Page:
It is often claimed that point light displays provide sufficient information to easily recognize properties of the actor and action being performed. We examined this topic by obtaining estimates of human efficiency in the categorization of movement. We began by collecting a database of human arm movements from 13 males and 13 females that contained multiple repetitions of knocking, waving and lifting movements done both in an angry and a neutral style. For each movement, 3D position data was recorded at 6 locations on the arm and head at a rate of 60 Hz. Point light displays of each individual for all of the six different combinations were presented to participants who were asked to judge the gender of the model. Results of human performance were compared to the output of automatic pattern classifiers based on artificial neural networks designed and trained to perform the same classification task on the same movements. A value of d-prime was obtained for both the judgments by human participants and the neural networks. Estimates of the upper bound of efficiency were defined as the ratio of d-prime squared for the human and neural network. Results for gender recognition indicate efficiencies on the order of a few percent and vary with the movement condition and the movement representation input to the neural network.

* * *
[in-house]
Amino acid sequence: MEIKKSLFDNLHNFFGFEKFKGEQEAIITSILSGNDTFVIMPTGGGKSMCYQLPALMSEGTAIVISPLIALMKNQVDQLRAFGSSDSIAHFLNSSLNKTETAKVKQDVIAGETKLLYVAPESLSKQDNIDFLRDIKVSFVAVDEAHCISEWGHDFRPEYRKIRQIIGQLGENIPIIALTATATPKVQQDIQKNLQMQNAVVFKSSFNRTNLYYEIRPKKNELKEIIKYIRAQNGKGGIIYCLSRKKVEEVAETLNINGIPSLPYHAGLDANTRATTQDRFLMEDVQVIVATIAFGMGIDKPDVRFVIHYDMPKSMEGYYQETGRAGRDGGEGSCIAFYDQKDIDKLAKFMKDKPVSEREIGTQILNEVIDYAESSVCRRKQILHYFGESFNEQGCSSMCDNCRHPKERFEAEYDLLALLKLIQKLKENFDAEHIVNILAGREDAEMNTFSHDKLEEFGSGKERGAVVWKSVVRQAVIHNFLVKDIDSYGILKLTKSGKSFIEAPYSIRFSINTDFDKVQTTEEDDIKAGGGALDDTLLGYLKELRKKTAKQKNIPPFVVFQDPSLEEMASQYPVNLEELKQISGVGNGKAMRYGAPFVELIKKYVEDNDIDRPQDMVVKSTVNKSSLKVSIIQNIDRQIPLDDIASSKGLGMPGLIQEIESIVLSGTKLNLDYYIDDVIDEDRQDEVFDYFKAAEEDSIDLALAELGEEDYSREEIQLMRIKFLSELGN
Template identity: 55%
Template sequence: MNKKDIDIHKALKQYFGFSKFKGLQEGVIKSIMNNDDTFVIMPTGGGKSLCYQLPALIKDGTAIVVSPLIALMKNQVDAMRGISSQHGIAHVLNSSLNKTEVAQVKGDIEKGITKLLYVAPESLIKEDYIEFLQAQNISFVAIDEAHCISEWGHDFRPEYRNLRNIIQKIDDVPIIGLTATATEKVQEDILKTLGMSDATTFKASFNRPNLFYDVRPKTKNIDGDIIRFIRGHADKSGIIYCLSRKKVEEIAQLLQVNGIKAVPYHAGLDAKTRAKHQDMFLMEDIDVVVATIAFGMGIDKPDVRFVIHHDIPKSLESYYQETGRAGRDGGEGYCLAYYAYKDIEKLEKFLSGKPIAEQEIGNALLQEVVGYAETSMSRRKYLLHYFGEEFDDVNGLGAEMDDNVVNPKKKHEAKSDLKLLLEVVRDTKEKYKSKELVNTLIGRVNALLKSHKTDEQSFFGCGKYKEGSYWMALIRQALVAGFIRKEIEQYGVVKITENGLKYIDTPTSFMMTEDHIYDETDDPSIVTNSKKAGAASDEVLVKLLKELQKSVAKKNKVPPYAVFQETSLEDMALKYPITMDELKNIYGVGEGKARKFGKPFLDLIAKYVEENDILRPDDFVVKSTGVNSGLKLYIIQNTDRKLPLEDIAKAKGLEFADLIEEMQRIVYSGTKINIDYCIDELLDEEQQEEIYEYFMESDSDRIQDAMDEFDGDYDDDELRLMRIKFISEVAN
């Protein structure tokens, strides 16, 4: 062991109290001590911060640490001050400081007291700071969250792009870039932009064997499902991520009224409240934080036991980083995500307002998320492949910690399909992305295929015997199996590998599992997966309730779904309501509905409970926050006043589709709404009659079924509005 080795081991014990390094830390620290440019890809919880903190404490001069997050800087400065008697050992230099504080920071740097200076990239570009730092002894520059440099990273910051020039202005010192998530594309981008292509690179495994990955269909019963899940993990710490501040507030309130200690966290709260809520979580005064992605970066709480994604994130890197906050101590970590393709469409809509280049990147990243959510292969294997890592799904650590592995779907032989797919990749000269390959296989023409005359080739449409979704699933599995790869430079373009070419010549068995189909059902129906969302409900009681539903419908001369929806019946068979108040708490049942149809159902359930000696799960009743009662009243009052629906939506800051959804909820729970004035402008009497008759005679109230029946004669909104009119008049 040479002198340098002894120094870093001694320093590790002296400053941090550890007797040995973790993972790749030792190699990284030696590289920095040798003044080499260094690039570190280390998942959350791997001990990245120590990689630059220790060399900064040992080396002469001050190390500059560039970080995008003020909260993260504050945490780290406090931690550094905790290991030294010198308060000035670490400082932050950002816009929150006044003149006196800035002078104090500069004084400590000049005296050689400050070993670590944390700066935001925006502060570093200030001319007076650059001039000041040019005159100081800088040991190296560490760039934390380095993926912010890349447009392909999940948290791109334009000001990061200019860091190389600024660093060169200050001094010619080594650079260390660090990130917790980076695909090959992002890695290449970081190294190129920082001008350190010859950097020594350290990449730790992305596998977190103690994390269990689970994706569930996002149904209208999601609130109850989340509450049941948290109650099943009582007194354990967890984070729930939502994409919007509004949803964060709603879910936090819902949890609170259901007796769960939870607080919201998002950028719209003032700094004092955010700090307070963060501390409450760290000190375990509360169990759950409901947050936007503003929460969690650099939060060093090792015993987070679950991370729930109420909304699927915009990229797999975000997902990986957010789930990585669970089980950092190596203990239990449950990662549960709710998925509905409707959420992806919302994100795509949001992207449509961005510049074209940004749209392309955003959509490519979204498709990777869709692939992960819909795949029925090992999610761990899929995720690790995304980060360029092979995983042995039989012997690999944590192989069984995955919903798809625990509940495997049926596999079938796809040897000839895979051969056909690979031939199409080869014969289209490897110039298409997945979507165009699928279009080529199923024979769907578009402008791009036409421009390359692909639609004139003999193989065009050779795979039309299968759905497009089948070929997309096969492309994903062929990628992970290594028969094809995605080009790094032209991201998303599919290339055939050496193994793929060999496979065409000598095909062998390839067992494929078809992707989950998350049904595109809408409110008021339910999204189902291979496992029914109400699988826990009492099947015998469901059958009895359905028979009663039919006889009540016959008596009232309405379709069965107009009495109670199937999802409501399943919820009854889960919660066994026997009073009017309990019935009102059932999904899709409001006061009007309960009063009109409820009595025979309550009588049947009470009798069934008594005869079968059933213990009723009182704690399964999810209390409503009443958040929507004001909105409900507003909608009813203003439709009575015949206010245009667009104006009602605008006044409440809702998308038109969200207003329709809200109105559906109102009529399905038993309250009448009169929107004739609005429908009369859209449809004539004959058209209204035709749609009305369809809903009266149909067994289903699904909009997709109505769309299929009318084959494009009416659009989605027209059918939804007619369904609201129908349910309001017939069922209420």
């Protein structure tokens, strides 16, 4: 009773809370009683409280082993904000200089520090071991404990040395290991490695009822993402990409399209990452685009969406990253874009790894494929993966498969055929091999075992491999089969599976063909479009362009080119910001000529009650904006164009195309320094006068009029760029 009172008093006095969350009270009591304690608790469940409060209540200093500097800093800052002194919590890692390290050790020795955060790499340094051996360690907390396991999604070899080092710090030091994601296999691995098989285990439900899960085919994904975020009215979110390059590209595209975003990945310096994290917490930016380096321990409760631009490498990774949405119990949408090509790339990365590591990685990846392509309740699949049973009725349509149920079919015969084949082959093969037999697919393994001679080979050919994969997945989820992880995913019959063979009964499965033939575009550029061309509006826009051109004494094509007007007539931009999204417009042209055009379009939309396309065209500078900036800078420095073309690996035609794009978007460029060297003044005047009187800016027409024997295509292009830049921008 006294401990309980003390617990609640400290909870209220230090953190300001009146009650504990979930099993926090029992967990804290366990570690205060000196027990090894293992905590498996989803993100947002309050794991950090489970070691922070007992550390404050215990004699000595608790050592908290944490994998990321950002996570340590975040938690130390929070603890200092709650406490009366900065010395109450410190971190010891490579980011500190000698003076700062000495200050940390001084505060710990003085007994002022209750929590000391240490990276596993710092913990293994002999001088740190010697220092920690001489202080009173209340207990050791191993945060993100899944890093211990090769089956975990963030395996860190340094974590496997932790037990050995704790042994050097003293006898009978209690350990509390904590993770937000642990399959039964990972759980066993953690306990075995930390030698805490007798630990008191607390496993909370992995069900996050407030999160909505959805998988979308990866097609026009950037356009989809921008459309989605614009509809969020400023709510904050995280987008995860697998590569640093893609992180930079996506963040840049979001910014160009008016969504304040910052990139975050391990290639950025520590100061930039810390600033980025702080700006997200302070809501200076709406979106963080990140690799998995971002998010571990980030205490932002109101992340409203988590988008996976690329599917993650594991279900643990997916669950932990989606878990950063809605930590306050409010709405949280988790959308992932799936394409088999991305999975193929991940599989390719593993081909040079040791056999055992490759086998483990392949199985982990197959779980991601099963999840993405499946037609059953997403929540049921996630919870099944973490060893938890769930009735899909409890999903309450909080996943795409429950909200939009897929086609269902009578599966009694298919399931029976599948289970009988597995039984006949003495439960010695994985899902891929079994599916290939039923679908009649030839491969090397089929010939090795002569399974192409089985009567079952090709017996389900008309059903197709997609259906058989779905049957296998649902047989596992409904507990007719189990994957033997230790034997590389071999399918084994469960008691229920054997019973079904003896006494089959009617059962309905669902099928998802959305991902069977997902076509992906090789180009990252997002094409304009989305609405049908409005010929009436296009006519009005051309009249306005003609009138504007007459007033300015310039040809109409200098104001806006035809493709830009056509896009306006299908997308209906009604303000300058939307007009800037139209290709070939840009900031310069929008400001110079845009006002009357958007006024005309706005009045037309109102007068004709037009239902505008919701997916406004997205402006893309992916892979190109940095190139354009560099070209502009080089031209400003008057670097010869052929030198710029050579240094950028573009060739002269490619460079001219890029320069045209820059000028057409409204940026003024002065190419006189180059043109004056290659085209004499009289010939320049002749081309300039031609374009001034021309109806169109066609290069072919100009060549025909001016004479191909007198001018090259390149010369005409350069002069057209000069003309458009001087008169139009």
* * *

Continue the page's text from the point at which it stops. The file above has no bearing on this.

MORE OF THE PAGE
All Science Journal Classification (ASJC) codes
- Sensory Systems